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Stream Restoration Projects More Likely in Whiter, Wealthier Areas

Stream restoration projects along the Central Coast of California tend to reinforce class and racial distinctions, just like so many other matters of environmental justice.
April 11, 2018, 11am PDT | James Brasuell | @CasualBrasuell
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Jennifer McNulty shares news of a study by researchers from the University of California, Santa Cruz finding that stream restoration projects tend to be completed in whiter, more affluent, more educated parts of the state. 

"In addition, coastal stream restoration is heavily concentrated in Santa Cruz, Morro Bay, and southern Santa Barbara County, creating 'restoration deserts' with virtually no activity," according to McNulty.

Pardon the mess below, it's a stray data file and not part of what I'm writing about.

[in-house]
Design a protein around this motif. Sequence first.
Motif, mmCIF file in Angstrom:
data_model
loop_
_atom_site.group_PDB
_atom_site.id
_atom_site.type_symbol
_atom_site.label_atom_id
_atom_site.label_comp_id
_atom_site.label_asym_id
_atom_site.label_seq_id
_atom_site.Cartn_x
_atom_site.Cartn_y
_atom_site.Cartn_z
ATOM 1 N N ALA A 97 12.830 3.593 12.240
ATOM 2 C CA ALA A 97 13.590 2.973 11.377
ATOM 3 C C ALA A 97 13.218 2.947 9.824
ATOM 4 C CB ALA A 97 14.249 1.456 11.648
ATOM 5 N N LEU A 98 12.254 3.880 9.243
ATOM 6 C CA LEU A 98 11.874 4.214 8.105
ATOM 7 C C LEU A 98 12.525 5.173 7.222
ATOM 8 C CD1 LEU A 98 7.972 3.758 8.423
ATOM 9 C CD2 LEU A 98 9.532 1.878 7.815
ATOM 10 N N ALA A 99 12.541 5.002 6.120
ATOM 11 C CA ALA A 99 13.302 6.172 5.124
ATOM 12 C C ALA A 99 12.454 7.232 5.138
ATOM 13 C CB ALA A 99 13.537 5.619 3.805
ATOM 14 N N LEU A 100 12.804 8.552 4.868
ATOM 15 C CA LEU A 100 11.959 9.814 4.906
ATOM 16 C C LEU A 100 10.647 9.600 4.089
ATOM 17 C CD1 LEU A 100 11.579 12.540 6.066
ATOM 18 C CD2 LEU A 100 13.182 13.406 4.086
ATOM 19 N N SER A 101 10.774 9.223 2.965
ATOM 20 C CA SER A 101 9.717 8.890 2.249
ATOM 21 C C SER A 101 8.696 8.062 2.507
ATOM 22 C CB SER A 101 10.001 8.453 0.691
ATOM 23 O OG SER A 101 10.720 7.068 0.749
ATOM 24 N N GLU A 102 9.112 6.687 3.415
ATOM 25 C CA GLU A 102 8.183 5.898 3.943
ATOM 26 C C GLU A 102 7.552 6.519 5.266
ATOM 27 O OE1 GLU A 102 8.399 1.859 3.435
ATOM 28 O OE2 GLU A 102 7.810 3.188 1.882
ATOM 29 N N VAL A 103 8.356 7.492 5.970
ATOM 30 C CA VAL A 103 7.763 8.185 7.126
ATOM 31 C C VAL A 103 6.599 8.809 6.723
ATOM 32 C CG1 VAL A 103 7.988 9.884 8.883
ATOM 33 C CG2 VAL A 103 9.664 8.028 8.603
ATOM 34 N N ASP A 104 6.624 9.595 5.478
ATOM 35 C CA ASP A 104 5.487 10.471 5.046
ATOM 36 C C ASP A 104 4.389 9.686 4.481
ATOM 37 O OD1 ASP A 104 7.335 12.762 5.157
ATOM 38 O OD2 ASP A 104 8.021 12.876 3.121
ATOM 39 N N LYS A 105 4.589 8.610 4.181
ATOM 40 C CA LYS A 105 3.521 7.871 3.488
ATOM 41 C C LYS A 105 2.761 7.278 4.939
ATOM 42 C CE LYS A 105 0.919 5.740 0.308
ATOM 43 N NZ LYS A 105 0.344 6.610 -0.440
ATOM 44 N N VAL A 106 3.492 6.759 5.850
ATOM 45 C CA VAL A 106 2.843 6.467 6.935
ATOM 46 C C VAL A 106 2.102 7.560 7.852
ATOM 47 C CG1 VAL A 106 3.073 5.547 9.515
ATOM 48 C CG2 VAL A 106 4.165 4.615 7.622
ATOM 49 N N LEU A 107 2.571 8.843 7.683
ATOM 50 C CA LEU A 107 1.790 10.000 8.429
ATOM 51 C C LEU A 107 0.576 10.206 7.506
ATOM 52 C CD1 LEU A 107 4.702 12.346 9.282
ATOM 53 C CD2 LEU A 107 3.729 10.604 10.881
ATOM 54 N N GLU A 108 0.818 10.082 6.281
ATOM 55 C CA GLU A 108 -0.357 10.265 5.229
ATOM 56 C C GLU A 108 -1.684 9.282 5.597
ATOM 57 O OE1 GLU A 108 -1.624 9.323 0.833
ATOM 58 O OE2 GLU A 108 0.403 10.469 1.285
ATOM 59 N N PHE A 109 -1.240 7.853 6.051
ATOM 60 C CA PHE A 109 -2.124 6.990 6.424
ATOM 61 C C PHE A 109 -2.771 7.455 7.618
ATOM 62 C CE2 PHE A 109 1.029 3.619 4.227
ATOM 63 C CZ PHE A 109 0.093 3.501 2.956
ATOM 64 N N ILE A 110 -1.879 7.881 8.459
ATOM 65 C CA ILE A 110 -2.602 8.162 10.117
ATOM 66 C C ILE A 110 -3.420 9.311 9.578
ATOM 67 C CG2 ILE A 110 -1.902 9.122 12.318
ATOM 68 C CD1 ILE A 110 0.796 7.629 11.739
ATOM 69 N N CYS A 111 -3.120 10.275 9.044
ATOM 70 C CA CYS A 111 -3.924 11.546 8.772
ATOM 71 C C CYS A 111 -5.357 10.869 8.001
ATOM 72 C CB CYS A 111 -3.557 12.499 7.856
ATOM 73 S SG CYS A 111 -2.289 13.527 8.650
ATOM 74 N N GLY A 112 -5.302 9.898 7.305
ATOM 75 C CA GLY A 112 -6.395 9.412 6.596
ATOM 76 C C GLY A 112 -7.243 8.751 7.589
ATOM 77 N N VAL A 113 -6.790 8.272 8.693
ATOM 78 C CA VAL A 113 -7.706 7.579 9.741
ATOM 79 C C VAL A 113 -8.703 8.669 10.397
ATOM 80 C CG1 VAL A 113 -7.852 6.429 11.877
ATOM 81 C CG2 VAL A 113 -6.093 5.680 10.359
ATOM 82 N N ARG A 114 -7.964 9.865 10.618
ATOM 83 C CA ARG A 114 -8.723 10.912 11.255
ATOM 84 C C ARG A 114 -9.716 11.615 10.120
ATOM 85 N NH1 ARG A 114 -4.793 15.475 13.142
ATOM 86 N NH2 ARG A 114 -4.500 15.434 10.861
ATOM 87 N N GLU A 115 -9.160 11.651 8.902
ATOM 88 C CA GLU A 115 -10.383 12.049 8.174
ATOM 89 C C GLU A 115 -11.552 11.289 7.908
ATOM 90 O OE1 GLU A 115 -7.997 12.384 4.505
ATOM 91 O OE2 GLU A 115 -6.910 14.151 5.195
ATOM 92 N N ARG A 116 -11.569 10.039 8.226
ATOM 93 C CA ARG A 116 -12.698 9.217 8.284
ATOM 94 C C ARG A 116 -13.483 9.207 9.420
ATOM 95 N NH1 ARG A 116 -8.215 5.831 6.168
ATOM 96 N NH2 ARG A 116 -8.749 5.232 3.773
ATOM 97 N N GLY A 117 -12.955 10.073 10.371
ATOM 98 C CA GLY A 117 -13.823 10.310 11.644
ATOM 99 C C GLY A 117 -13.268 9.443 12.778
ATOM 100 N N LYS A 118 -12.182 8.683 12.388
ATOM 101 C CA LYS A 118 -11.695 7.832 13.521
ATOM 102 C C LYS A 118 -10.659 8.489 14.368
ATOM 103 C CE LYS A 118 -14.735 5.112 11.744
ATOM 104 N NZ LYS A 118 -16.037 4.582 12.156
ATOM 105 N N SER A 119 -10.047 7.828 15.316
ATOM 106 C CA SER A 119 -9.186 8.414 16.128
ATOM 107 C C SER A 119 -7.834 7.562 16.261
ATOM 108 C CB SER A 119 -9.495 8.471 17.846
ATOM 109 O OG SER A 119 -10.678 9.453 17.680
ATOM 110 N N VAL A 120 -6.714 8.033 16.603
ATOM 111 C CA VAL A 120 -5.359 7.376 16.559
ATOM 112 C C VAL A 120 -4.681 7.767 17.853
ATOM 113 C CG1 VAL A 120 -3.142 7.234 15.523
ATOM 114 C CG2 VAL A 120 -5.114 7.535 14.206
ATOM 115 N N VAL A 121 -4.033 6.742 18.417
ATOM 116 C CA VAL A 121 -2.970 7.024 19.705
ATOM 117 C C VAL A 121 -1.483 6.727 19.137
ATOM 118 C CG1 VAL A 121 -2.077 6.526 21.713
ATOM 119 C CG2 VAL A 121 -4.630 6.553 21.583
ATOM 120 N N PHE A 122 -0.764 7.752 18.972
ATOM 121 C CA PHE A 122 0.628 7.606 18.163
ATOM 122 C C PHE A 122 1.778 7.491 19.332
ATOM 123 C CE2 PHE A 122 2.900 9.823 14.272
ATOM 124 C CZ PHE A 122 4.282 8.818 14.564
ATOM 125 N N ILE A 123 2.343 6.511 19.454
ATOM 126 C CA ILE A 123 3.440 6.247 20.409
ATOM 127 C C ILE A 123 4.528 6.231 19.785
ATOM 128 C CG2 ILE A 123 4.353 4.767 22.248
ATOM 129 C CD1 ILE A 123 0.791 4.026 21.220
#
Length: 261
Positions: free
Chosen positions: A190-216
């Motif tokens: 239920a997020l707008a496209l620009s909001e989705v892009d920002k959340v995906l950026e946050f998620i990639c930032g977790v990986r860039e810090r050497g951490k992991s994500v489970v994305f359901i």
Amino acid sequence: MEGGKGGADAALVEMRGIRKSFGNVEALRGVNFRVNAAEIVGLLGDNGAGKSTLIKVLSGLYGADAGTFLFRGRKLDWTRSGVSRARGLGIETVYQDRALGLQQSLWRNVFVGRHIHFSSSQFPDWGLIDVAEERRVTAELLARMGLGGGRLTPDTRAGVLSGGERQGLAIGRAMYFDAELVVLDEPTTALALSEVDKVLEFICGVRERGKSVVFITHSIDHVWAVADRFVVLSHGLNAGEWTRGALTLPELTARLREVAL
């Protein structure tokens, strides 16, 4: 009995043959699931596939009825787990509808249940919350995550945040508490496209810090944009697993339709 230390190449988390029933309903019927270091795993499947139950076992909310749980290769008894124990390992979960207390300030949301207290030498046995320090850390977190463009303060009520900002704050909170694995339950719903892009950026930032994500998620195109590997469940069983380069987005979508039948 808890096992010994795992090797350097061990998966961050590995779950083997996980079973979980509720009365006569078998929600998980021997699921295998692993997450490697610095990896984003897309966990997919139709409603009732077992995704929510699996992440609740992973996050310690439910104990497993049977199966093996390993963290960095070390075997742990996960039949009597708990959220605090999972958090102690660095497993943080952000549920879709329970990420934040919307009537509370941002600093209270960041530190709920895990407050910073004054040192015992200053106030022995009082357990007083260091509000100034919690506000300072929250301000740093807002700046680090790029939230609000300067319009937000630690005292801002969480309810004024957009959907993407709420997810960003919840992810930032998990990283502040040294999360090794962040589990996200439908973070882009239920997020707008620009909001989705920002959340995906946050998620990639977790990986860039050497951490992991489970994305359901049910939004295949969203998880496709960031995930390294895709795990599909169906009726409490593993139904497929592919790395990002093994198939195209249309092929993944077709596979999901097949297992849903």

Lead researcher Bronwen Stanford is quoted in the article asking why certain areas are overlooked for stream restoration projects. The study identifies three possible causes of the pattern of stream restoration projects: 1) a greater availability of grant funding in wealthier areas, 2) the political skills of wealthier and more educated residents, and 3) a greater preponderance of restoration organizations in wealthier areas.

"Stanford found that restoration is often dependent on the existence of a local organization, and they are more likely to be present in areas with wealthy, white, and educated populations," explains McNulty on that last point.

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